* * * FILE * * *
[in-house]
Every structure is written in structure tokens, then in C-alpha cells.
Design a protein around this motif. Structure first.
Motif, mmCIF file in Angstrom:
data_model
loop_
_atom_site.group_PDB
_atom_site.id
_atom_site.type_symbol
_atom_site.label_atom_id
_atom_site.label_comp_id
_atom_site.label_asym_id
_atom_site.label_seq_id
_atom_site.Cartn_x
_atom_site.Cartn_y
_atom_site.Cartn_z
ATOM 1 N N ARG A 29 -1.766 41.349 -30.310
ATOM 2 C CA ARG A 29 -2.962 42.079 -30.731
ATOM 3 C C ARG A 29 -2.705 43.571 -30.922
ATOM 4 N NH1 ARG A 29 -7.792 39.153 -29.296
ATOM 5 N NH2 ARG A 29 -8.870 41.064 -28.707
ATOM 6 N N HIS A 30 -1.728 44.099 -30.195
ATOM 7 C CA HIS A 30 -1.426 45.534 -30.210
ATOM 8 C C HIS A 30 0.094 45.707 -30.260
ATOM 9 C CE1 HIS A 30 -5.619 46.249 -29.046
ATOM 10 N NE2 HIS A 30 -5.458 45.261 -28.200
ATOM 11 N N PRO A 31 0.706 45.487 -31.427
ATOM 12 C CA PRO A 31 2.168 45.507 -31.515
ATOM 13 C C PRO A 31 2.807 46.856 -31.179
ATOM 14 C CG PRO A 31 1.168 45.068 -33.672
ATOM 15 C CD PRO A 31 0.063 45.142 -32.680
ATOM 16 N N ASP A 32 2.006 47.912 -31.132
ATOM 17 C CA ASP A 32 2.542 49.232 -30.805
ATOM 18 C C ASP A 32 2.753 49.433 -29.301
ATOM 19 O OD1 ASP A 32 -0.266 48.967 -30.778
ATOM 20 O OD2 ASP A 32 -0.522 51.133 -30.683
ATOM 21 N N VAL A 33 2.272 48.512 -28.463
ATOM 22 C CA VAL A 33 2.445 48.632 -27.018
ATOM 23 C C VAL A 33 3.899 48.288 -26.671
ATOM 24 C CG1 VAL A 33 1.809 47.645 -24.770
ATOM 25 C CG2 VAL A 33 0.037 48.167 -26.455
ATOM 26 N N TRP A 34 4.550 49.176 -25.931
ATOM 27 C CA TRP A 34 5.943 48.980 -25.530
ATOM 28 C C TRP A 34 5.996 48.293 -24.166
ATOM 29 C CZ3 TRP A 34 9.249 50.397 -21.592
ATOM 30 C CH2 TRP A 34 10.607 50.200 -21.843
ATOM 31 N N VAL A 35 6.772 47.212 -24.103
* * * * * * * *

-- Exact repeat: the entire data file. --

[in-house]
Every structure is written in structure tokens, then in C-alpha cells.
Design a protein around this motif. Structure first.
Motif, mmCIF file in Angstrom:
data_model
loop_
_atom_site.group_PDB
_atom_site.id
_atom_site.type_symbol
_atom_site.label_atom_id
_atom_site.label_comp_id
_atom_site.label_asym_id
_atom_site.label_seq_id
_atom_site.Cartn_x
_atom_site.Cartn_y
_atom_site.Cartn_z
ATOM 1 N N ARG A 29 -1.766 41.349 -30.310
ATOM 2 C CA ARG A 29 -2.962 42.079 -30.731
ATOM 3 C C ARG A 29 -2.705 43.571 -30.922
ATOM 4 N NH1 ARG A 29 -7.792 39.153 -29.296
ATOM 5 N NH2 ARG A 29 -8.870 41.064 -28.707
ATOM 6 N N HIS A 30 -1.728 44.099 -30.195
ATOM 7 C CA HIS A 30 -1.426 45.534 -30.210
ATOM 8 C C HIS A 30 0.094 45.707 -30.260
ATOM 9 C CE1 HIS A 30 -5.619 46.249 -29.046
ATOM 10 N NE2 HIS A 30 -5.458 45.261 -28.200
ATOM 11 N N PRO A 31 0.706 45.487 -31.427
ATOM 12 C CA PRO A 31 2.168 45.507 -31.515
ATOM 13 C C PRO A 31 2.807 46.856 -31.179
ATOM 14 C CG PRO A 31 1.168 45.068 -33.672
ATOM 15 C CD PRO A 31 0.063 45.142 -32.680
ATOM 16 N N ASP A 32 2.006 47.912 -31.132
ATOM 17 C CA ASP A 32 2.542 49.232 -30.805
ATOM 18 C C ASP A 32 2.753 49.433 -29.301
ATOM 19 O OD1 ASP A 32 -0.266 48.967 -30.778
ATOM 20 O OD2 ASP A 32 -0.522 51.133 -30.683
ATOM 21 N N VAL A 33 2.272 48.512 -28.463
ATOM 22 C CA VAL A 33 2.445 48.632 -27.018
ATOM 23 C C VAL A 33 3.899 48.288 -26.671
ATOM 24 C CG1 VAL A 33 1.809 47.645 -24.770
ATOM 25 C CG2 VAL A 33 0.037 48.167 -26.455
ATOM 26 N N TRP A 34 4.550 49.176 -25.931
ATOM 27 C CA TRP A 34 5.943 48.980 -25.530
ATOM 28 C C TRP A 34 5.996 48.293 -24.166
ATOM 29 C CZ3 TRP A 34 9.249 50.397 -21.592
ATOM 30 C CH2 TRP A 34 10.607 50.200 -21.843
ATOM 31 N N VAL A 35 6.772 47.212 -24.103